Oral ENT-01 Targets Enteric Neurons to Treat Constipation in Parkinson Disease A Randomized Controlled Trial

Michael Camilleri, Thyagarajan Subramanian, Fernando Pagan, Stuart Isaacson, Ramon Gil, Robert A. Hauser, Mary Feldman, Mark Goldstein, Rajeev Kumar, Daniel Truong, Nisha Chhabria, Benjamin L. Walter, Jonathan Eskenazi, Robert Riesenberg, Daniel Burdick, Winona Tse, Eric Molho, Bradley Robottom, Perminder Bhatia, Srinath KadimiKevin Klos, David Shprecher, Otto Marquez-Mendoza, Gonzalo Hidalgo, Stephen Grill, George Li, Howard Mandell, Mary Hughes, Sharisse Stephenson, Joel Vandersluis, Michael Pfeffer, Andrew Duker, Vikram Shivkumar, William Kinney, James MacDougall, Michael Zasloff, Denise Barbut

Research output: Contribution to journalArticlepeer-review


Background: Parkinson disease (PD) is associated with a-synuclein (aS) aggregation within enteric neurons. ENT-01 inhibits the formation of aS aggregates and improved constipation in an open-label study in patients with PD. Objective: To evaluate the safety and efficacy of oral ENT-01 for constipation and neurologic symptoms in patients with PD and constipation. Design: Randomized, placebo-controlled phase 2b study. (ClinicalTrials.gov: NCT03781791) Setting: Outpatient. Patients: 150 patients with PD and constipation. Intervention: ENT-01 or placebo daily for up to 25 days. After baseline assessment of constipation severity, daily dosing was escalated to the prokinetic dose, the maximum dose (250 mg), or the tolerability limit, followed by a washout period. Measurements: The primary efficacy end point was the number of complete spontaneous bowel movements (CSBMs) per week. Neurologic end points included dementia (assessed using the Mini-Mental State Examination [MMSE]) and psychosis (assessed using the Scale for the Assessment of Positive Symptoms adapted for PD [SAPS-PD]). Results: The weekly CSBM rate increased from 0.7 to 3.2 in the ENT-01 group versus 0.7 to 1.2 in the placebo group (P < 0.001). Improvement in secondary end points included SBMs (P = 0.002), stool consistency (P < 0.001), ease of passage (P = 0.006), and laxative use (P = 0.041). In patients with dementia, MMSE scores improved by 3.4 points 6 weeks after treatment in the ENT-01 group (n = 14) versus 2.0 points in the placebo group (n = 14). Among patients with psychosis, SAPS-PD scores improved from 6.5 to 1.7 six weeks after treatment in the ENT-01 group (n = 5) and from 6.3 to 4.4 in the placebo group (n = 6). ENT-01 was well tolerated, with no deaths or drug-related serious adverse events. Adverse events were predominantly gastrointestinal, including nausea (34.4% [ENT-01] vs. 5.3% [placebo]; P < 0.001) and diarrhea (19.4% [ENT-01] vs. 5.3% [placebo]; P = 0.016). Limitation: Longer treatment periods need to be investigated in future studies. Conclusion: ENT-01 was safe and significantly improved constipation.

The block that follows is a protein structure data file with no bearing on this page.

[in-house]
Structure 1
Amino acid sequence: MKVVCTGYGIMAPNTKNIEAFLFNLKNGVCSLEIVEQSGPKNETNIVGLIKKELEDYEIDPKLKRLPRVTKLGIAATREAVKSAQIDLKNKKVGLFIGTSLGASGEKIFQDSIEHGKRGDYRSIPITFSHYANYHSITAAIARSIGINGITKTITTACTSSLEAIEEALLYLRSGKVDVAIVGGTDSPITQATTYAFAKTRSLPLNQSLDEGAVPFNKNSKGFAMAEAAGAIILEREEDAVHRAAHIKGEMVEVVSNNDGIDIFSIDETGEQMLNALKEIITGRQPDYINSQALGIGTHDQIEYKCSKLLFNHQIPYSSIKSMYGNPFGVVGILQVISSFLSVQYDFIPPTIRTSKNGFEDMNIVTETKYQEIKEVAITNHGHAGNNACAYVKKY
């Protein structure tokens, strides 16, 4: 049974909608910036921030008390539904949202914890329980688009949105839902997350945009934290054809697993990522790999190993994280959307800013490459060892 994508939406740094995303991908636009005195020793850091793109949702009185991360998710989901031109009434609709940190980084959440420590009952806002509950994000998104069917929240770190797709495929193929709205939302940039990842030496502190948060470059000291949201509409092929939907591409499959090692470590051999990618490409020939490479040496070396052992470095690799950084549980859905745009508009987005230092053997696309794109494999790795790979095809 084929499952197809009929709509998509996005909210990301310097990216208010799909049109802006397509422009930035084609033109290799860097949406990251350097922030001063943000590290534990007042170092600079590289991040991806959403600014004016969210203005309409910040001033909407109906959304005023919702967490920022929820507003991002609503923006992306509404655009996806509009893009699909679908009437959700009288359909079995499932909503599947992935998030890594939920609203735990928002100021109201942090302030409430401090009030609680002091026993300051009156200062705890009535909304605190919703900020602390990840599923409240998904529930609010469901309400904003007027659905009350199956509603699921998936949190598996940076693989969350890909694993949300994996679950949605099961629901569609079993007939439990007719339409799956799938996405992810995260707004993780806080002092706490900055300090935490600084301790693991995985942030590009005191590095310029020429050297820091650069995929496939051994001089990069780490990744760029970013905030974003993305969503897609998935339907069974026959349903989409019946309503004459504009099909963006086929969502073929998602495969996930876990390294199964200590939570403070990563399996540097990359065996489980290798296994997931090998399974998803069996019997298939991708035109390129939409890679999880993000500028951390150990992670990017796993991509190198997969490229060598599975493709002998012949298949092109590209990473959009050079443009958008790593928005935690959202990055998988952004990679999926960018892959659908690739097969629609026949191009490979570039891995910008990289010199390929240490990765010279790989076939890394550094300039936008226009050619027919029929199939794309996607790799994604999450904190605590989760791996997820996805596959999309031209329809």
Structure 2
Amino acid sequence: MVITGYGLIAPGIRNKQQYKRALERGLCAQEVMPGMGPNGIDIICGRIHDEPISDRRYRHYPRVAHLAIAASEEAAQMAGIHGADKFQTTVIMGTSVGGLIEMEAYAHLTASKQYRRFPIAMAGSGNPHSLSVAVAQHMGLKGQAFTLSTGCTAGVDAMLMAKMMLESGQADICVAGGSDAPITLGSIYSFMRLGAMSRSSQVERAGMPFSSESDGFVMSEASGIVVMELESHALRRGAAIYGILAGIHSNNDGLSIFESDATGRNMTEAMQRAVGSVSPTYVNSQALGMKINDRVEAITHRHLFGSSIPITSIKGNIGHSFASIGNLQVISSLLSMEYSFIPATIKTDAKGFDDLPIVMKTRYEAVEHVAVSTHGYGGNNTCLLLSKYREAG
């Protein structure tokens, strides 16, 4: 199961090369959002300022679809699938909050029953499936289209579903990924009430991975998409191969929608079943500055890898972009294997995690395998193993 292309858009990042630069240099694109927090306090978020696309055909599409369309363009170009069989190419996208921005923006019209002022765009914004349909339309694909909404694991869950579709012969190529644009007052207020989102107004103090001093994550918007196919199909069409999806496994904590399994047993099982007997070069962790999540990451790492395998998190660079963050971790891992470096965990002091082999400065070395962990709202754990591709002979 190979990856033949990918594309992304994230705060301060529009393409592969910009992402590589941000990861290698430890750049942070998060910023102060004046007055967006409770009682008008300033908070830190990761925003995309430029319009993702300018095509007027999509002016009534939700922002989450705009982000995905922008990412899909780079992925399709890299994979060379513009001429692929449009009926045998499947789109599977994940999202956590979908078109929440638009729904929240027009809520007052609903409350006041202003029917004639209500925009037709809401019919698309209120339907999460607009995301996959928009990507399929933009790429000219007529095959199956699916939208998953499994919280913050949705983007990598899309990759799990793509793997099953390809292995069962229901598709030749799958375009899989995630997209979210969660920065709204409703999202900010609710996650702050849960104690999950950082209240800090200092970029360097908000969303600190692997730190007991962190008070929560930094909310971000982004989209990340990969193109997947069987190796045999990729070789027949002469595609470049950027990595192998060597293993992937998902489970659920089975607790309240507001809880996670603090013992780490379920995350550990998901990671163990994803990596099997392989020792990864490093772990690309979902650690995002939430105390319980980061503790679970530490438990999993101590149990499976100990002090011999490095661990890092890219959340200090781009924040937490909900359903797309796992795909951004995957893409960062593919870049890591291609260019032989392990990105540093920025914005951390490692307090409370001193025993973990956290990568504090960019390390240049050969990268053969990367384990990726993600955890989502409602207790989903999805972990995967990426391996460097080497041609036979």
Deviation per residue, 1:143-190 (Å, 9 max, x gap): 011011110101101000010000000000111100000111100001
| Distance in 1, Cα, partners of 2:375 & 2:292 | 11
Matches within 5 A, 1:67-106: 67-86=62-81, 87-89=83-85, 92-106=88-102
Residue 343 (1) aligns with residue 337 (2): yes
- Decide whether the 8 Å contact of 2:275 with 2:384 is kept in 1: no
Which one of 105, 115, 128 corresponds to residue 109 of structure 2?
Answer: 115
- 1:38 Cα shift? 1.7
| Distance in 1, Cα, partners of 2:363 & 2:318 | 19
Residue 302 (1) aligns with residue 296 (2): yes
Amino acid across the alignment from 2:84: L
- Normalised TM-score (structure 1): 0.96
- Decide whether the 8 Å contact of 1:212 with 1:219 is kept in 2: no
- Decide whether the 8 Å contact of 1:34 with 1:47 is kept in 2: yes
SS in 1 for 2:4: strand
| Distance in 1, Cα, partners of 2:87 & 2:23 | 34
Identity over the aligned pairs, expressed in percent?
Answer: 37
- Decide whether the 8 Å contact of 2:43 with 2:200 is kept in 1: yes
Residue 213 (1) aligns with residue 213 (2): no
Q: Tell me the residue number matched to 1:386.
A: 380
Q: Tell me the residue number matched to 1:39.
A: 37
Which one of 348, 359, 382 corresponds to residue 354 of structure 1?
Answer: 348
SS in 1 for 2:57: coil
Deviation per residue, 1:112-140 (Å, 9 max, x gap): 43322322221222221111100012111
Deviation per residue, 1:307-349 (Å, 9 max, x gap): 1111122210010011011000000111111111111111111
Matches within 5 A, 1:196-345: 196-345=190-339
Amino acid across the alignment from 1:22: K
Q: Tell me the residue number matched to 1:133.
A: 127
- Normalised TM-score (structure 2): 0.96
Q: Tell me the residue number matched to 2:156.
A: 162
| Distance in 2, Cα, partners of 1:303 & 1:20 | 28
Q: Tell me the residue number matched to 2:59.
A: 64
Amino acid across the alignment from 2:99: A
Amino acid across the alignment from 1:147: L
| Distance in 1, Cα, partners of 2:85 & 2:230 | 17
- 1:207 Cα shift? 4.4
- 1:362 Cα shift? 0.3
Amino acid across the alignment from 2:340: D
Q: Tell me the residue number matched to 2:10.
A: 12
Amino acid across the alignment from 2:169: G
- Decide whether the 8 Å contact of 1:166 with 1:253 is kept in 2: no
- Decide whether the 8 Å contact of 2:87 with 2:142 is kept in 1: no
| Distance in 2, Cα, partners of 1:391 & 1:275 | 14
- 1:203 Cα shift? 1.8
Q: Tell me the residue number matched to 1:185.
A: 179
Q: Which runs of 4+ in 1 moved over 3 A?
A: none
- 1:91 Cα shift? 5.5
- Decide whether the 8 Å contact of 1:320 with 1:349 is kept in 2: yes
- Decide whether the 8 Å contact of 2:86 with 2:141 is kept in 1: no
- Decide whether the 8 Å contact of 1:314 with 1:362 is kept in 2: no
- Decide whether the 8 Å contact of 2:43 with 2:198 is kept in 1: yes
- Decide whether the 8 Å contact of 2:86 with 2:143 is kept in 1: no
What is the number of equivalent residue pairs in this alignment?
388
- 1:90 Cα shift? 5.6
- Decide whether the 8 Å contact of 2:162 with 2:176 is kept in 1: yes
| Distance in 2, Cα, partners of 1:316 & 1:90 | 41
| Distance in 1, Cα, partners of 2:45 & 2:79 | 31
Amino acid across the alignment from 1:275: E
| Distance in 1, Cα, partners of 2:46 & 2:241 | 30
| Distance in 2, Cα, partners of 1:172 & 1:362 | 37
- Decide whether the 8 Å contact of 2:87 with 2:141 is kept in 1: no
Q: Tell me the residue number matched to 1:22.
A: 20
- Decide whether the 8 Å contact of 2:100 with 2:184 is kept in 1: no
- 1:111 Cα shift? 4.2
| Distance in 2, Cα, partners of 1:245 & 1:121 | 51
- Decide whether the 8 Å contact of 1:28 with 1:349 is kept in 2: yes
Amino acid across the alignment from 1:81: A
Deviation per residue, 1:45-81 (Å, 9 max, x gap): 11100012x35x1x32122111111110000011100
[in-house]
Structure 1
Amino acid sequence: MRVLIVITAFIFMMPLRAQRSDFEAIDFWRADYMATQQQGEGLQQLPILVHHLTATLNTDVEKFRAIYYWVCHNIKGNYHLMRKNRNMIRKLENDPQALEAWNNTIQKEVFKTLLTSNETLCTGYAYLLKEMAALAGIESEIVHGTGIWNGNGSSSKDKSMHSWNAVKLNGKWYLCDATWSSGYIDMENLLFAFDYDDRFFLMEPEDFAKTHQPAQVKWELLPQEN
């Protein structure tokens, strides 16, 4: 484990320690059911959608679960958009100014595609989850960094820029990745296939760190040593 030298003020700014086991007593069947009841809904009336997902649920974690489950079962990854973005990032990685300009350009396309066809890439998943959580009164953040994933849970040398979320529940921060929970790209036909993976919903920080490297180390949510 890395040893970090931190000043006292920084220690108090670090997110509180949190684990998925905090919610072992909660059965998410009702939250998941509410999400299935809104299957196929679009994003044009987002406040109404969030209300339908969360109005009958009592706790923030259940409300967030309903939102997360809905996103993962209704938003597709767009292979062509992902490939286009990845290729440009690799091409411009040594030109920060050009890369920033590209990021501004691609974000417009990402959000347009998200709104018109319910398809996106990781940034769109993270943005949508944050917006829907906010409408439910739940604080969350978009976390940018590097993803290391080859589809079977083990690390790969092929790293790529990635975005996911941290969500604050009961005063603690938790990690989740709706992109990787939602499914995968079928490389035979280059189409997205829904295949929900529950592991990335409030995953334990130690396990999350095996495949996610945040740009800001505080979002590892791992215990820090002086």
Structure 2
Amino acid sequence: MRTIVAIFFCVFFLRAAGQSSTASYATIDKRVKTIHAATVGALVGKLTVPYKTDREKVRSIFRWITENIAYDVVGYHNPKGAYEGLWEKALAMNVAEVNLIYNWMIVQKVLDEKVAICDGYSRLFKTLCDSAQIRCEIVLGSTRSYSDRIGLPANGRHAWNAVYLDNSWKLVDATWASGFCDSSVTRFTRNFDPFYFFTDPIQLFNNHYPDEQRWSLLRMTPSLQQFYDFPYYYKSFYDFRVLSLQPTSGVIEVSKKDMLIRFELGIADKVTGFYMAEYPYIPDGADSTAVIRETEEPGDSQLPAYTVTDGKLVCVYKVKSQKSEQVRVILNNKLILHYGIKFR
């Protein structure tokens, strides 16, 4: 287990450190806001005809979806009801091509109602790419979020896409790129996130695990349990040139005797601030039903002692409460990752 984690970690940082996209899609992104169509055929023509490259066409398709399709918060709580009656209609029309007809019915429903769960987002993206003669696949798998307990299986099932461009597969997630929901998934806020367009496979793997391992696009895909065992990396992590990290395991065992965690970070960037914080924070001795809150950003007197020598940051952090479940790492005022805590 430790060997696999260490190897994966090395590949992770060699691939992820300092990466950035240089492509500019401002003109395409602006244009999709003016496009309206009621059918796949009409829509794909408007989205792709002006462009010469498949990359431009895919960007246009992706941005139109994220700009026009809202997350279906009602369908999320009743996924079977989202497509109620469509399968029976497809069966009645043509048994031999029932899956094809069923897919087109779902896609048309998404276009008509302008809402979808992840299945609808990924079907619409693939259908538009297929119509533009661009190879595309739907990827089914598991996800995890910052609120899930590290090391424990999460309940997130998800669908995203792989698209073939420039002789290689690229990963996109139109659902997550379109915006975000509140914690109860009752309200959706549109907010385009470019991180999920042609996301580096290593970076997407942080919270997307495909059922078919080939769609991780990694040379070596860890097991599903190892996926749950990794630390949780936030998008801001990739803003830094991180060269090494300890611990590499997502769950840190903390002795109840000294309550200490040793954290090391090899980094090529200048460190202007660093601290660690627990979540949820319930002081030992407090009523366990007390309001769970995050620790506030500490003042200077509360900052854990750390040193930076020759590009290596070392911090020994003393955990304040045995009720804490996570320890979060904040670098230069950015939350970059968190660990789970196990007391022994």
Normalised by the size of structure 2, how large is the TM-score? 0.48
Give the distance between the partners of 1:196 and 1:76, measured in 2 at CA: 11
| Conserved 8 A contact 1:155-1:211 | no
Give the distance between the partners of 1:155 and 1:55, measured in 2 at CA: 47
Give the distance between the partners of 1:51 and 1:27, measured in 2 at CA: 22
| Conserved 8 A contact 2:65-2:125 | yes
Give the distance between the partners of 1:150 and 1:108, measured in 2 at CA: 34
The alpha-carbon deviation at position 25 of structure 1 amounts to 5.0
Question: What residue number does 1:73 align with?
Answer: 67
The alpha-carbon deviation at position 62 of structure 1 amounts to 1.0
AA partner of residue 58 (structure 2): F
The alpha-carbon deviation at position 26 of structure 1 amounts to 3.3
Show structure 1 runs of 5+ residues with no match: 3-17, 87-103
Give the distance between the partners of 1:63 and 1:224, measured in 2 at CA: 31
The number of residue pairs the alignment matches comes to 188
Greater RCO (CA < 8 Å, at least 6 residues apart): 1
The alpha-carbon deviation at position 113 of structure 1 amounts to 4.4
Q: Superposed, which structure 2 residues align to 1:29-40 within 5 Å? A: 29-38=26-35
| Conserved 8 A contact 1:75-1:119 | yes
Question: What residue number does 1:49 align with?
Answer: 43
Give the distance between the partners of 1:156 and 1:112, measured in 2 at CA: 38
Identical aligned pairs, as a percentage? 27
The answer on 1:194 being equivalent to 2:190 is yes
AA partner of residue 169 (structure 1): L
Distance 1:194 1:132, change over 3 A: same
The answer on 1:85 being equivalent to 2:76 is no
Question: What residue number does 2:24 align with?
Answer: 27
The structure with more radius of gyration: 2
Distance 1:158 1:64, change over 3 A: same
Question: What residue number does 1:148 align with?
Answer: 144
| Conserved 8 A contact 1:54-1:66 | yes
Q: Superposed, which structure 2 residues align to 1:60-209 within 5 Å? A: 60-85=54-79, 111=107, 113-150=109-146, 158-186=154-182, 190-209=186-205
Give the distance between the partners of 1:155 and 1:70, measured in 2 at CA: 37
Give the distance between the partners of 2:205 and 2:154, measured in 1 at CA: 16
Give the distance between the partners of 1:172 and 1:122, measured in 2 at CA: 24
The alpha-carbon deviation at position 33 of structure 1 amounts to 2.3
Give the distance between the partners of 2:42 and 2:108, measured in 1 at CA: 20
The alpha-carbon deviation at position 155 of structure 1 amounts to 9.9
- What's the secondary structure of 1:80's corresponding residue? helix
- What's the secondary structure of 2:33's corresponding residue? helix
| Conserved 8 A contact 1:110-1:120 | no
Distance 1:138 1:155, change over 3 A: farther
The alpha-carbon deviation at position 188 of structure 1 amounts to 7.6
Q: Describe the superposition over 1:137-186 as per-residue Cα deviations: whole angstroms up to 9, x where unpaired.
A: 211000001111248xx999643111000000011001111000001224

Original languageEnglish (US)
Pages (from-to)1666-1675
Number of pages10
JournalAnnals of internal medicine
Issue number12
StatePublished - Dec 2022

ASJC Scopus subject areas

  • Internal Medicine


Dive into the research topics of 'Oral ENT-01 Targets Enteric Neurons to Treat Constipation in Parkinson Disease A Randomized Controlled Trial'. Together they form a unique fingerprint.

Cite this